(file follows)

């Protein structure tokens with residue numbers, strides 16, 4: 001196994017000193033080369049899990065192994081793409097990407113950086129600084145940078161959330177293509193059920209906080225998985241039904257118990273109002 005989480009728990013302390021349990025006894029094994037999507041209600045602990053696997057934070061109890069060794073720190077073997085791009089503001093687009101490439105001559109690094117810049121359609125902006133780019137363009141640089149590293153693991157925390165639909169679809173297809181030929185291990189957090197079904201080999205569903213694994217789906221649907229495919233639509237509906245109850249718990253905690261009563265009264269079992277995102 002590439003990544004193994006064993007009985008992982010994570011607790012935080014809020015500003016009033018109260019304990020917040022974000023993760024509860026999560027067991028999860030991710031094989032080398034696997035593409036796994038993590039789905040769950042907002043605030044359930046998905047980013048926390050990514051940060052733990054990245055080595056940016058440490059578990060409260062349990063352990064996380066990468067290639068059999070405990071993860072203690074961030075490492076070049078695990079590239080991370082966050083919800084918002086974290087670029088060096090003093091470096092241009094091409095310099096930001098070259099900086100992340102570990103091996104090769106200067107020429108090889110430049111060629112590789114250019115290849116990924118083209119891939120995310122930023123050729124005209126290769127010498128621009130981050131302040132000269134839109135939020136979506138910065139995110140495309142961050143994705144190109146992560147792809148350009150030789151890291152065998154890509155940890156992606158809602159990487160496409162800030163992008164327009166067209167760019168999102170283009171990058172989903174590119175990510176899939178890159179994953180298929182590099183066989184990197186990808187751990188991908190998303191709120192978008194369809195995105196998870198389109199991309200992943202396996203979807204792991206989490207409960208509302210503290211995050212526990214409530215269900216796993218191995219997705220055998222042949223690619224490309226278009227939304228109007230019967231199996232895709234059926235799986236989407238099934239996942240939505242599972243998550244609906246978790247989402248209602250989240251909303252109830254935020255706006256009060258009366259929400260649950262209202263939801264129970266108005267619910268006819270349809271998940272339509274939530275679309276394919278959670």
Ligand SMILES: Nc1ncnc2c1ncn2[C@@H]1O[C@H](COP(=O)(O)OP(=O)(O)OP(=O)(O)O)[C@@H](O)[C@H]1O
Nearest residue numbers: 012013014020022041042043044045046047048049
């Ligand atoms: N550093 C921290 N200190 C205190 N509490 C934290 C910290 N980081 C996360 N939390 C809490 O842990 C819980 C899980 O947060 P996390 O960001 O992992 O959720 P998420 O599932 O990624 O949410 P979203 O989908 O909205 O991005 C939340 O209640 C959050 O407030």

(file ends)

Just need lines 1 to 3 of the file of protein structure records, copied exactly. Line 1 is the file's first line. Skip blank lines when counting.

């Protein structure tokens with residue numbers, strides 16, 4: 001196994017000193033080369049899990065192994081793409097990407113950086129600084145940078161959330177293509193059920209906080225998985241039904257118990273109002 005989480009728990013302390021349990025006894029094994037999507041209600045602990053696997057934070061109890069060794073720190077073997085791009089503001093687009101490439105001559109690094117810049121359609125902006133780019137363009141640089149590293153693991157925390165639909169679809173297809181030929185291990189957090197079904201080999205569903213694994217789906221649907229495919233639509237509906245109850249718990253905690261009563265009264269079992277995102 002590439003990544004193994006064993007009985008992982010994570011607790012935080014809020015500003016009033018109260019304990020917040022974000023993760024509860026999560027067991028999860030991710031094989032080398034696997035593409036796994038993590039789905040769950042907002043605030044359930046998905047980013048926390050990514051940060052733990054990245055080595056940016058440490059578990060409260062349990063352990064996380066990468067290639068059999070405990071993860072203690074961030075490492076070049078695990079590239080991370082966050083919800084918002086974290087670029088060096090003093091470096092241009094091409095310099096930001098070259099900086100992340102570990103091996104090769106200067107020429108090889110430049111060629112590789114250019115290849116990924118083209119891939120995310122930023123050729124005209126290769127010498128621009130981050131302040132000269134839109135939020136979506138910065139995110140495309142961050143994705144190109146992560147792809148350009150030789151890291152065998154890509155940890156992606158809602159990487160496409162800030163992008164327009166067209167760019168999102170283009171990058172989903174590119175990510176899939178890159179994953180298929182590099183066989184990197186990808187751990188991908190998303191709120192978008194369809195995105196998870198389109199991309200992943202396996203979807204792991206989490207409960208509302210503290211995050212526990214409530215269900216796993218191995219997705220055998222042949223690619224490309226278009227939304228109007230019967231199996232895709234059926235799986236989407238099934239996942240939505242599972243998550244609906246978790247989402248209602250989240251909303252109830254935020255706006256009060258009366259929400260649950262209202263939801264129970266108005267619910268006819270349809271998940272339509274939530275679309276394919278959670």
Ligand SMILES: Nc1ncnc2c1ncn2[C@@H]1O[C@H](COP(=O)(O)OP(=O)(O)OP(=O)(O)O)[C@@H](O)[C@H]1O
Nearest residue numbers: 012013014020022041042043044045046047048049